Tuesday, May 27, 2008
And so it was that Sara kidnapped Joe and buried him deep in the jungle after dark, with nothing but an empty gas tank and a scooter attached to it. She thought it was fun. He thought it was "fun." Notice how differently you read the word "fun" from the way you read the word fun. The pause means everything.
"I love living on the edge," was followed by, "I thought the road would be turning away from the mountains by now," and, "Wow, would you look at that gas gauge!" and, "It doesn't really look like anyone lives out here, does it?" Everything being said was being said by Sara. And a good thing too. I go into survival mode when minutes are all I have before motor melt-down, and before my super sonic metabolizing tummy is stranded miles from food. And then if I let myself talk, I'm wasting precious energy.
The jungle doesn't offer too much by way of light either. Especially at night. In fact, it shrouds any that might have been, were the moon and stars visible. So pot holes and sharp bends in "the road less traveled" become unanticipated guests--the kind you don't invite on purpose, but who find out about the party anyway and come--the very characteristic that keeps them off the invitee list in the first place . We almost died 37 times that night. I counted. Not out loud, mind you. And who's idea was this anyway? Why did I go along with this? Once again, not out loud.
"Wow! What an adventure!" and then, "Gee, I've never seen the gas gauge so low!" Man Sara, could you just pick one? I have a hard time keeping track of what mood we're in when you go from excited to aghast so quickly. I'm focussed on the one: what our first move is when the engine stops and the head-lights go out. It's a good thing you're here telling me what an adventure we're having. Somehow I forget that part until I'm safely at the dinner table with a mound of edibles in front of me and a crowd of thrill seekers around me waiting on a good story. Yes, then it's an adventure. But now, it's survival.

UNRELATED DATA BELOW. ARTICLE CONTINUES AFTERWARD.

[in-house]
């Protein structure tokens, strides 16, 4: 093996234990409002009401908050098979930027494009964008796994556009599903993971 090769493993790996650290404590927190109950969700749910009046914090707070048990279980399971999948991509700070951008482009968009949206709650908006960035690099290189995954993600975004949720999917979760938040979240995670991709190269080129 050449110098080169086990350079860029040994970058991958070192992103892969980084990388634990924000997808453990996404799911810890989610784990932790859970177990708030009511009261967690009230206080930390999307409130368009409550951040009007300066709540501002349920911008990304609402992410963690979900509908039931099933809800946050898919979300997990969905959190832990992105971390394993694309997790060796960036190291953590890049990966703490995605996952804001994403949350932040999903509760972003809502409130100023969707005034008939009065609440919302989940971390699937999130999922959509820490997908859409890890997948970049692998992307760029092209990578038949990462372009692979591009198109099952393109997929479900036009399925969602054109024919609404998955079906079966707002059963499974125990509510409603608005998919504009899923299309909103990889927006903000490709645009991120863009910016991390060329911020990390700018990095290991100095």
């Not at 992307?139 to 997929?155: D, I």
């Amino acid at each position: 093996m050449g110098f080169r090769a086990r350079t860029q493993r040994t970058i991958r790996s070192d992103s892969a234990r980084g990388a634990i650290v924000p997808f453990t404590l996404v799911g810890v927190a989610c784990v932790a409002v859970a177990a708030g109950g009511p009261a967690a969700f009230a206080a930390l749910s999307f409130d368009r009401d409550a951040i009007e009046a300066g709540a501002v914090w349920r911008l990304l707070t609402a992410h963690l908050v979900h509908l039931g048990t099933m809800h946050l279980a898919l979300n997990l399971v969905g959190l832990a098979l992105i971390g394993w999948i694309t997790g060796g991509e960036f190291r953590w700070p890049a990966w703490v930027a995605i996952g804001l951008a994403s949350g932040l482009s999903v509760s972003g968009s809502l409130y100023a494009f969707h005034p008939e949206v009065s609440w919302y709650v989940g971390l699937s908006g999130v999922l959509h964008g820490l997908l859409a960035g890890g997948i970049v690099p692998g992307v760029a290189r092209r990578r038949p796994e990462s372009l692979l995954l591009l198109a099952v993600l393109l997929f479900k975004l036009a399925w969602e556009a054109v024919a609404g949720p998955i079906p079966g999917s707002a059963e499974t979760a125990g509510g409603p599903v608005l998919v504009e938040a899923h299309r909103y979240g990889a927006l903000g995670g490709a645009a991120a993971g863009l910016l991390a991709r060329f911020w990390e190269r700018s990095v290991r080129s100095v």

And then the engine stopped. And the lights went out, and we had to use scooter parts as make-shift weapons to hunt food for the next three weeks. Not really, but unfortunately, there's nothing more exciting or dangerous about the story. The road eventually headed back out toward civilization like Sara predicted and within a few miles we saw a gas station. The only other thing remotely interesting about it was the three wrong turns I took within a five minutes span at the same intersection. I was still in survival mode, still thinking we were lost, so I couldn't recognize a thing and my internal compass kept changing it's mind every time I made a decision. Then Sara says she's known where we are for a half hour now and that she's "letting me figure it out" for fun. Oh wait, for "fun." Give me something strong. A beer with as much root in there as possible. How long have you known where we are, Sara? What kind of freakish double sided, slap job are you trying to pull here? Lure a trusting joe into the promised bliss of nighttime scooter riding, throw in the suggestion of a mountainous view point, and then pretend to get lost coming down the other side. It's your fault I had to change my drawers when I got home. See what I go through here? Oh, you think I'm your cute little brother? That I love getting tricked, poked, stuffed in laundry machines, and picked on by big lovable sister bear? Well, not this one. I'm letting you know right now, a storm's coming . . . a storm's coming.